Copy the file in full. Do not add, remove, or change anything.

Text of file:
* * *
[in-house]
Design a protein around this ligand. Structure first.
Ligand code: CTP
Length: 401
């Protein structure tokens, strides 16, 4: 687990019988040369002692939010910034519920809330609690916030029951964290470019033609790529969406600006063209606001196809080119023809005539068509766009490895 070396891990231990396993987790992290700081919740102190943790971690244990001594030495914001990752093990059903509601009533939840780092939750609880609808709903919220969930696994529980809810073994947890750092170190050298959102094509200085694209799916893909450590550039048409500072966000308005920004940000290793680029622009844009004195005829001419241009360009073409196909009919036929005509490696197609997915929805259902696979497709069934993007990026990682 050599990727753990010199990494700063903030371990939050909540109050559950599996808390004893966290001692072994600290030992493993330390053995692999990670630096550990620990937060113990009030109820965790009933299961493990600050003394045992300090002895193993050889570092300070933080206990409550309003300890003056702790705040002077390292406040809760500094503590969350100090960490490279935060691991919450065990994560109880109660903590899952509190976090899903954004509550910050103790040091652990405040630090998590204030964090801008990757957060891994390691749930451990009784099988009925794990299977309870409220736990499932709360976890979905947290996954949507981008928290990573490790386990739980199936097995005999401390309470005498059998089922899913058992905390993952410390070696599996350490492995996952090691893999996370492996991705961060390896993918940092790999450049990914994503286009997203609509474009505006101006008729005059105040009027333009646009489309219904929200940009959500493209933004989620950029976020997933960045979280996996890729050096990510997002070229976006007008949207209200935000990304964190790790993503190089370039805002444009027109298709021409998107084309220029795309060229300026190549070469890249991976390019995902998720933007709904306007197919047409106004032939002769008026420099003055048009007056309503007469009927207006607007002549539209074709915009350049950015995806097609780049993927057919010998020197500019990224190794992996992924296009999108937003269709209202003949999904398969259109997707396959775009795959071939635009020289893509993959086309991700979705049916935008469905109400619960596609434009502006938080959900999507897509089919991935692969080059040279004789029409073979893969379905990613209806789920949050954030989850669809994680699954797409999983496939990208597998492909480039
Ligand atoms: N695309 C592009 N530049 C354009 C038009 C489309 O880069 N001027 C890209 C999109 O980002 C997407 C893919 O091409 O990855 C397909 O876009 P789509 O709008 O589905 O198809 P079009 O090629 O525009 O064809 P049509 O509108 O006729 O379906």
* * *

[in-house]
Design a protein around this ligand. Structure first.
Ligand code: CTP
Length: 401
């Protein structure tokens, strides 16, 4: 687990019988040369002692939010910034519920809330609690916030029951964290470019033609790529969406600006063209606001196809080119023809005539068509766009490895 070396891990231990396993987790992290700081919740102190943790971690244990001594030495914001990752093990059903509601009533939840780092939750609880609808709903919220969930696994529980809810073994947890750092170190050298959102094509200085694209799916893909450590550039048409500072966000308005920004940000290793680029622009844009004195005829001419241009360009073409196909009919036929005509490696197609997915929805259902696979497709069934993007990026990682 050599990727753990010199990494700063903030371990939050909540109050559950599996808390004893966290001692072994600290030992493993330390053995692999990670630096550990620990937060113990009030109820965790009933299961493990600050003394045992300090002895193993050889570092300070933080206990409550309003300890003056702790705040002077390292406040809760500094503590969350100090960490490279935060691991919450065990994560109880109660903590899952509190976090899903954004509550910050103790040091652990405040630090998590204030964090801008990757957060891994390691749930451990009784099988009925794990299977309870409220736990499932709360976890979905947290996954949507981008928290990573490790386990739980199936097995005999401390309470005498059998089922899913058992905390993952410390070696599996350490492995996952090691893999996370492996991705961060390896993918940092790999450049990914994503286009997203609509474009505006101006008729005059105040009027333009646009489309219904929200940009959500493209933004989620950029976020997933960045979280996996890729050096990510997002070229976006007008949207209200935000990304964190790790993503190089370039805002444009027109298709021409998107084309220029795309060229300026190549070469890249991976390019995902998720933007709904306007197919047409106004032939002769008026420099003055048009007056309503007469009927207006607007002549539209074709915009350049950015995806097609780049993927057919010998020197500019990224190794992996992924296009999108937003269709209202003949999904398969259109997707396959775009795959071939635009020289893509993959086309991700979705049916935008469905109400619960596609434009502006938080959900999507897509089919991935692969080059040279004789029409073979893969379905990613209806789920949050954030989850669809994680699954797409999983496939990208597998492909480039
Ligand atoms: N695309 C592009 N530049 C354009 C038009 C489309 O880069 N001027 C890209 C999109 O980002 C997407 C893919 O091409 O990855 C397909 O876009 P789509 O709008 O589905 O198809 P079009 O090629 O525009 O064809 P049509 O509108 O006729 O379906």